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Bullish Call Spread Trade on Apple
08/22/2011 12:24 pm EST
One option trader bet on an upside move for Apple, Inc. (AAPL) by executing a bullish call spread, a strategy that reduced the trader’s maximum risk as well as the overall cost of the trade.
Like the rest of the equities market, shares of Apple Inc. (AAPL) were swimming in red ink last week. Nevertheless, looking at the action in the options pits, it appears one spread strategist—like most of Wall Street—was maintaining an optimistic outlook on the tech behemoth.
Specifically, in Friday’s session, symmetrical blocks of calls traded at the January 2012 380 and 400 strikes. Implied volatility (IV) on the 380-strike call was last seen 2.8 percentage points higher, while IV on the deeper-out-of-the-money call was up 2.5 percentage points at last check, pointing to the initiation of new positions at the strikes.
However, while the 380-strike calls traded at the ask price of $29.37, implying they were likely bought, the 400-strike calls crossed at the bid price of $20.77, hinting at sell-to-open activity.
Simply put, it appears the speculator constructed a long-term bull call spread on AAPL for a net debit of $8.60 per pair of calls ($29.37-$20.77). By doing so, the investor is betting on shares of AAPL to power north of the $388.60 level (bought call strike plus net debit) within the calls’ relatively lengthy lifetime.
However, no matter how far the security should climb beyond the $400 level before options expiration, the most the trader can make is capped at $11.40 per pair of calls (difference between strikes minus net debit) thanks to the sold 400-strike calls.
On the flip side, even if AAPL extends last Friday’s retreat, the most the investor stands to lose is limited to the $8.60 paid to establish the spread.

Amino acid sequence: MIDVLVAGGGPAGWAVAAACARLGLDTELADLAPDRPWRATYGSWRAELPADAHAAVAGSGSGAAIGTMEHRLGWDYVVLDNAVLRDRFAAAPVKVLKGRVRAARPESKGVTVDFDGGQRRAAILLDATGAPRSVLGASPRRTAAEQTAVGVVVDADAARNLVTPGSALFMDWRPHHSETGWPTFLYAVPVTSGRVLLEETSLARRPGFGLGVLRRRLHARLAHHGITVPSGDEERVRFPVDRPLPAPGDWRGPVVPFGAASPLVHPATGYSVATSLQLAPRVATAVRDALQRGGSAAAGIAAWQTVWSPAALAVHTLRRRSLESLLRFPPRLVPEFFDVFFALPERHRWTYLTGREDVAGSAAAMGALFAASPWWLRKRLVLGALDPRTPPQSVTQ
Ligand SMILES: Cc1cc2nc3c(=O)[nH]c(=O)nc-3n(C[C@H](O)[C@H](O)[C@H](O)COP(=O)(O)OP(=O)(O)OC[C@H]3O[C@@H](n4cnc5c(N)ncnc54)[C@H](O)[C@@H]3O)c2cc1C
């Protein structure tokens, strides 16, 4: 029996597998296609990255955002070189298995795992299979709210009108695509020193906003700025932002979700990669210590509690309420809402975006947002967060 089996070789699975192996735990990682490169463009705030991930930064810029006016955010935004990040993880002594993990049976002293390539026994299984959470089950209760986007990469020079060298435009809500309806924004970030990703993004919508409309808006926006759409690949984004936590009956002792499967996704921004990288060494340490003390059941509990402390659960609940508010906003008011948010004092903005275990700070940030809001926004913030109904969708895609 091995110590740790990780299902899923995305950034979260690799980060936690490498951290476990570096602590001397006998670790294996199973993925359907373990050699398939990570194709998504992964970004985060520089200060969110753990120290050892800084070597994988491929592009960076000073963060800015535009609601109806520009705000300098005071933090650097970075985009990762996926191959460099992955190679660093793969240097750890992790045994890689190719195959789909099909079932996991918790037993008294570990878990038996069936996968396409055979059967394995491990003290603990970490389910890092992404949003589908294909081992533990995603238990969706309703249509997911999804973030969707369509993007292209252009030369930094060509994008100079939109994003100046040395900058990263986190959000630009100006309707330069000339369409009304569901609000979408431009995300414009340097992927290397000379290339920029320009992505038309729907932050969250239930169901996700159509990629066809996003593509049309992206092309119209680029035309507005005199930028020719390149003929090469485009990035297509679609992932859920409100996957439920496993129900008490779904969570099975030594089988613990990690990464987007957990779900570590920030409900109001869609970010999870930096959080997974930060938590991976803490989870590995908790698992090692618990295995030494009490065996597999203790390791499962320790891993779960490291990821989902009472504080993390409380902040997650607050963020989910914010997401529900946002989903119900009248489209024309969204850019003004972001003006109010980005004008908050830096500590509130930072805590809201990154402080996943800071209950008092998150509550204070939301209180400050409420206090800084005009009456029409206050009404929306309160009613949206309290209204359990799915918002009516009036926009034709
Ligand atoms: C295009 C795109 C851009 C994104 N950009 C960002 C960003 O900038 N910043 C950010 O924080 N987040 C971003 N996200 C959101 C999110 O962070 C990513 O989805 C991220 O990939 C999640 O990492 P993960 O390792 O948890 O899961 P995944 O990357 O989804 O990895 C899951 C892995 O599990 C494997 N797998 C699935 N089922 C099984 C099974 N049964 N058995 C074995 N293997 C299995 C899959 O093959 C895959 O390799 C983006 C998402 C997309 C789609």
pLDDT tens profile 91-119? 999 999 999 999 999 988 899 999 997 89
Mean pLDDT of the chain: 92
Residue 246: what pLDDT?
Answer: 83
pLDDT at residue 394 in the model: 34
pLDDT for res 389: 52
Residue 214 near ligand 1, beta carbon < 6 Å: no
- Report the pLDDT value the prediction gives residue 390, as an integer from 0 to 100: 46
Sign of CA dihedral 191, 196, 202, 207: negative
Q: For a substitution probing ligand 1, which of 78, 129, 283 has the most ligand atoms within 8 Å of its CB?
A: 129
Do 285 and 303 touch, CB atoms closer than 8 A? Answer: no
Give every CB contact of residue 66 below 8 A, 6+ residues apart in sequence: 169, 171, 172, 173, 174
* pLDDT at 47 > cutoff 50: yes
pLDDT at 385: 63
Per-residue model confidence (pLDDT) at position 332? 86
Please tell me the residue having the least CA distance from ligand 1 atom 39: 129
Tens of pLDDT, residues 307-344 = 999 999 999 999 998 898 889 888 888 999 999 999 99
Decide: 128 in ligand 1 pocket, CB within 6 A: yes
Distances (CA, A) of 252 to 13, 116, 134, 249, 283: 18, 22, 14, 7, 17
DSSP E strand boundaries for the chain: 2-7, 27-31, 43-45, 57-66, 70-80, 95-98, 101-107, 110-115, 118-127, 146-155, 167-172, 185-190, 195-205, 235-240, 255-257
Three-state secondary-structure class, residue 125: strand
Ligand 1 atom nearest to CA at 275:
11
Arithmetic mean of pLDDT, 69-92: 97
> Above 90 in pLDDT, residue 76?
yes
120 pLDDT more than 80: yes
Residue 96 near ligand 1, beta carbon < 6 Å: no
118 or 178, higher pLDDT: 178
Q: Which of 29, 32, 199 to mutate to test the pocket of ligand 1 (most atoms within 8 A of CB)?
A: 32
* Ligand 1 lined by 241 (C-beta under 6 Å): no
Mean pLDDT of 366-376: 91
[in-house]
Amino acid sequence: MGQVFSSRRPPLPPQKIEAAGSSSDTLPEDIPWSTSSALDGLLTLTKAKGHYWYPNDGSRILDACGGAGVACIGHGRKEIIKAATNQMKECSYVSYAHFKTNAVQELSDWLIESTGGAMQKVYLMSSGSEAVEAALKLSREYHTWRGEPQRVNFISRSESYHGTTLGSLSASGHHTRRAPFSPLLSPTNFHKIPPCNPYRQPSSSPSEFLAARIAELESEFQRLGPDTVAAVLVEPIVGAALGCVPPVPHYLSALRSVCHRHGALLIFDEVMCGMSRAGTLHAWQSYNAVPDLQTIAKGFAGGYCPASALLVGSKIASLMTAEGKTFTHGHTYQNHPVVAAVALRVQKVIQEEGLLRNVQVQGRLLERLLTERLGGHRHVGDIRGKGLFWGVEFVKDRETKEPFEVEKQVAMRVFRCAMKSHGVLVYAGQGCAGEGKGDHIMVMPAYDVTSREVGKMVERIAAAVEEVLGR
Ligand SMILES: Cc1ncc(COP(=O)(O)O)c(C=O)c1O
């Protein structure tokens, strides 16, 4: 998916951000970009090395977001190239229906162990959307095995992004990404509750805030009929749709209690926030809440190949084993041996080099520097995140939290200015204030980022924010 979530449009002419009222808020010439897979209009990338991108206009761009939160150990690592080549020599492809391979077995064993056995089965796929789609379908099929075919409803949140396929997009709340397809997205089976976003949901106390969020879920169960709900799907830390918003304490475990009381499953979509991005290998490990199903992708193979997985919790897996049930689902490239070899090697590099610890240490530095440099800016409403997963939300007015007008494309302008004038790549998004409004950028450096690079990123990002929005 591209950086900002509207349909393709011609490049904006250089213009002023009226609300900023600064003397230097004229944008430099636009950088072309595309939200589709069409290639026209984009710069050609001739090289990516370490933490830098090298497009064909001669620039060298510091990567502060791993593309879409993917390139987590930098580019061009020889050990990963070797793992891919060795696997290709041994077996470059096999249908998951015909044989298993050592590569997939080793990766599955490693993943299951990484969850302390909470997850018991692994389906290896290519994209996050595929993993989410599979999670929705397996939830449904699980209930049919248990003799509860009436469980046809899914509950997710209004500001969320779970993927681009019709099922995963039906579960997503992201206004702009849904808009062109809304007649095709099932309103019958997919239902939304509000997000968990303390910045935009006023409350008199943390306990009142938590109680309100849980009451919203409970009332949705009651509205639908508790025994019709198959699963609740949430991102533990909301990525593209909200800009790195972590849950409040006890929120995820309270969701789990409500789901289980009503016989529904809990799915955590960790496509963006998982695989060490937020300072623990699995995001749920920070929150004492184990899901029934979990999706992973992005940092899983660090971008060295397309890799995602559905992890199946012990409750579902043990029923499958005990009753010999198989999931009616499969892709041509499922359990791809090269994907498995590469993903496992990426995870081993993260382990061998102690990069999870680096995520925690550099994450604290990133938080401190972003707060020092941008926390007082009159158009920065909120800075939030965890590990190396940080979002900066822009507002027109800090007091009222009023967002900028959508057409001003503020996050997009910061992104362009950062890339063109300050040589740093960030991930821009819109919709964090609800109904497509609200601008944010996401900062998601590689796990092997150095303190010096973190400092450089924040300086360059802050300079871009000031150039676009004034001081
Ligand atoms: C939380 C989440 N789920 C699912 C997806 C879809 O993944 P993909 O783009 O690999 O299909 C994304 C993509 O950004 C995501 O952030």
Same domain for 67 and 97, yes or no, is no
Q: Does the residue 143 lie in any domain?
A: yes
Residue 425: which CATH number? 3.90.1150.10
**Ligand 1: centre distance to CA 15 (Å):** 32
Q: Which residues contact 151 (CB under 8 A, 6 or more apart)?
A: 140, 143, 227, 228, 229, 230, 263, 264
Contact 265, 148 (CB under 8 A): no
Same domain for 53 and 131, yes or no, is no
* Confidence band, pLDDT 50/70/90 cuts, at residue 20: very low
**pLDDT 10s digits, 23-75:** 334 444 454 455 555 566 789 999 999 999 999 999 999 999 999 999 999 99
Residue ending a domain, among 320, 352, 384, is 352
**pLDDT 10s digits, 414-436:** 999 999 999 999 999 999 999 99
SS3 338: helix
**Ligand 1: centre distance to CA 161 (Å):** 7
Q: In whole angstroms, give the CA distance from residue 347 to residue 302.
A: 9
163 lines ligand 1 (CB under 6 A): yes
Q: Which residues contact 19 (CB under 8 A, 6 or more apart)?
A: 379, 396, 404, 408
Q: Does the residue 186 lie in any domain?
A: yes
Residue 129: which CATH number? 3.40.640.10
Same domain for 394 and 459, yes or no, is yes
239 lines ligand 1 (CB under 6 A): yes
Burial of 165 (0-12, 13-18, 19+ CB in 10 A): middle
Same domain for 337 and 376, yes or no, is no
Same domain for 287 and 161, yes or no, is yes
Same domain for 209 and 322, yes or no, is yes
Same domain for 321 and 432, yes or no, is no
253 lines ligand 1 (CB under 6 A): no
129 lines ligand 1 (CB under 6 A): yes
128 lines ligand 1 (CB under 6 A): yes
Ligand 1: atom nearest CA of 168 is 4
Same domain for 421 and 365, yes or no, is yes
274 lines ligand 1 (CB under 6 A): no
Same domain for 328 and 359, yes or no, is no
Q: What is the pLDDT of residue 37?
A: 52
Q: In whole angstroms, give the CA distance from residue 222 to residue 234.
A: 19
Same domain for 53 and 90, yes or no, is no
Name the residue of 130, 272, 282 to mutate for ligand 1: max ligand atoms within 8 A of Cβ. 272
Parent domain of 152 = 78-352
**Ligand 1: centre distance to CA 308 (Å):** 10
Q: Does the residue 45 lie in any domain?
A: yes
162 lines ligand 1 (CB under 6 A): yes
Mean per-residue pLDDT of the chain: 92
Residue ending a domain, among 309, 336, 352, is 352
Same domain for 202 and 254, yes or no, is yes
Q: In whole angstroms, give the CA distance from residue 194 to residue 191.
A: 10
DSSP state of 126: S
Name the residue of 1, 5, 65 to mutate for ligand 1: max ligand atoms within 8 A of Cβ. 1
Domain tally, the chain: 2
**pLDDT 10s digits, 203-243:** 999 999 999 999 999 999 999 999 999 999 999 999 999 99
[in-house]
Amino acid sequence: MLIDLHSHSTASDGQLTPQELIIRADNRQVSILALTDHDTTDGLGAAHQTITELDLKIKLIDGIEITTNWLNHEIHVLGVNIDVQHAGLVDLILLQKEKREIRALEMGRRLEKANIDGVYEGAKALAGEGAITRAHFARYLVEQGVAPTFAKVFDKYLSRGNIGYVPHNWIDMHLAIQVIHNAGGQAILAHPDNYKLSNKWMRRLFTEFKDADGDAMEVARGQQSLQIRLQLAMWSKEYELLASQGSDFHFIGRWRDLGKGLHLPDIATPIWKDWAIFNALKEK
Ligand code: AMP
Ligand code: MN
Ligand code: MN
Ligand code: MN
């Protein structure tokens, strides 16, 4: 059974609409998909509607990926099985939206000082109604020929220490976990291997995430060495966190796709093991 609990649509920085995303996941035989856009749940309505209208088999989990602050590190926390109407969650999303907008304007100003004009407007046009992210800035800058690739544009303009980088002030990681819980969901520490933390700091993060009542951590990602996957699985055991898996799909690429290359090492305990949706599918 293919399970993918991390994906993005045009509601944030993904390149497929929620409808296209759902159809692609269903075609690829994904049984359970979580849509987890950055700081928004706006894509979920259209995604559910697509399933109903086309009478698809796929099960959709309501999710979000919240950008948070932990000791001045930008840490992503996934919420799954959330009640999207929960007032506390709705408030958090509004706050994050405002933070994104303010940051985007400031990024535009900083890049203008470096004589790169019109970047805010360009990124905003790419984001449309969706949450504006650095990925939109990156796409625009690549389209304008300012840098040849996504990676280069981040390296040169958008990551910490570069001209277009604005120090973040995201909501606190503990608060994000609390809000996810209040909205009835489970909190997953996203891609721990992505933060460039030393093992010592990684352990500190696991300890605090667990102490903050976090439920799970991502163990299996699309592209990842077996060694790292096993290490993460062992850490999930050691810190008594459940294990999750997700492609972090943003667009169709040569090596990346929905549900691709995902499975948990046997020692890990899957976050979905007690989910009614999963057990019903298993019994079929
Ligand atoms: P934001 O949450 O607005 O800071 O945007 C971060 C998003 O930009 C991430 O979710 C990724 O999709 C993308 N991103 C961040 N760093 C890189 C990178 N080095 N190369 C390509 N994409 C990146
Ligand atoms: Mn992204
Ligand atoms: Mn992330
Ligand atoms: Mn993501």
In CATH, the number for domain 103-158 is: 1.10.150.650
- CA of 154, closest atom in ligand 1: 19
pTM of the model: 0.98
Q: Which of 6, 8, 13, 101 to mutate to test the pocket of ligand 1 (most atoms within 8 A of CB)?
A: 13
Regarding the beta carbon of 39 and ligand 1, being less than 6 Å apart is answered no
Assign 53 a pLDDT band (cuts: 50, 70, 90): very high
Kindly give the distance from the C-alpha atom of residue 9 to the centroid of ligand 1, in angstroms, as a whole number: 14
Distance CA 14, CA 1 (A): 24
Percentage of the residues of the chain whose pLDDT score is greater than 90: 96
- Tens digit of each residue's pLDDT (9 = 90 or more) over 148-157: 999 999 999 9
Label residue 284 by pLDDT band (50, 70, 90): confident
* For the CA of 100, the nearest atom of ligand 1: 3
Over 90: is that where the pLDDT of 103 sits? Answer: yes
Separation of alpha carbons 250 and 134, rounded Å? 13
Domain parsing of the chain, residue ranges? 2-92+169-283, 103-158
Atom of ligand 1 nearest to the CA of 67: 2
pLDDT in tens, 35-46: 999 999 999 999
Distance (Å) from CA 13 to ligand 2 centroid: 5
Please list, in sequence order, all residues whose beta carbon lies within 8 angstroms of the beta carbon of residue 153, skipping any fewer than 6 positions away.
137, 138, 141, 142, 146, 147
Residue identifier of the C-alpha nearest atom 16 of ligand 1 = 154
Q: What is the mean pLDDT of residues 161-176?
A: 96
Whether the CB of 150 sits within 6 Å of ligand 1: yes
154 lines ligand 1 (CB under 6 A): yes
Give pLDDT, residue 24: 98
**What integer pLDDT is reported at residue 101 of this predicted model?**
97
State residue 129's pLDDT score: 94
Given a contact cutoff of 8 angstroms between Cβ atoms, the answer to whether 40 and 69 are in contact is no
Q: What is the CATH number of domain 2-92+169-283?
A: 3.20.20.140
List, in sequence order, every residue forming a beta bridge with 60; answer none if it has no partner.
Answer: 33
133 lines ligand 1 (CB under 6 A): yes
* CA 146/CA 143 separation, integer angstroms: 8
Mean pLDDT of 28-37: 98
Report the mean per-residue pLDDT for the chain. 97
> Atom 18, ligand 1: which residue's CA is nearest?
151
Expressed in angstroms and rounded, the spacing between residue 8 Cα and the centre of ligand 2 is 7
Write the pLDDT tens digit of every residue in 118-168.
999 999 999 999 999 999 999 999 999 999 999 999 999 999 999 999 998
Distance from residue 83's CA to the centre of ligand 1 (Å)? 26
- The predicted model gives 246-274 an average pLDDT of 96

But if the strategist has bullish expectations for AAPL, why not just buy the 380-strike calls? After all, had the trader simply purchased the 380-strike calls, their profit potential would be theoretically unlimited, as there’s no limit to how high a stock can rally.
In the simplest terms, while a long call can offer an appealing profit potential, the "vanilla" call buyer would’ve needed AAPL to muscle atop the $409.37 level (strike plus premium paid) just to break even. Plus, they would’ve been out the entire $29.37 paid for the call had the stock failed to live up to the lofty expectations. By simultaneously selling the higher-strike call, the strategist not only slashed their breakeven rail, but also reduced the maximum risk (and initial cost) by nearly 71%.
At last check, shares of AAPL have surrendered more than 4% to linger in the $356 vicinity. In order to rebound and extend its quest for record highs—as per the strategist’s expectations—the stock will have to power atop both its ten- and 20-day moving averages, which haven’t been toppled since August 1.
As alluded to earlier, though, the options bull isn’t the only member of AAPL’s fan club. According to Zacks, the security has earned 37 "strong buys" and four "buy" ratings from analysts, compared to three lukewarm "holds" and not a single "sell" suggestion. Plus, only about 1.3% of the stock’s float is dedicated to short interest, and it would take less than a day to buy back at AAPL’s average pace of trading.
By Andrea Kramer, contributor, Schaeffer’s Trading Floor Blog
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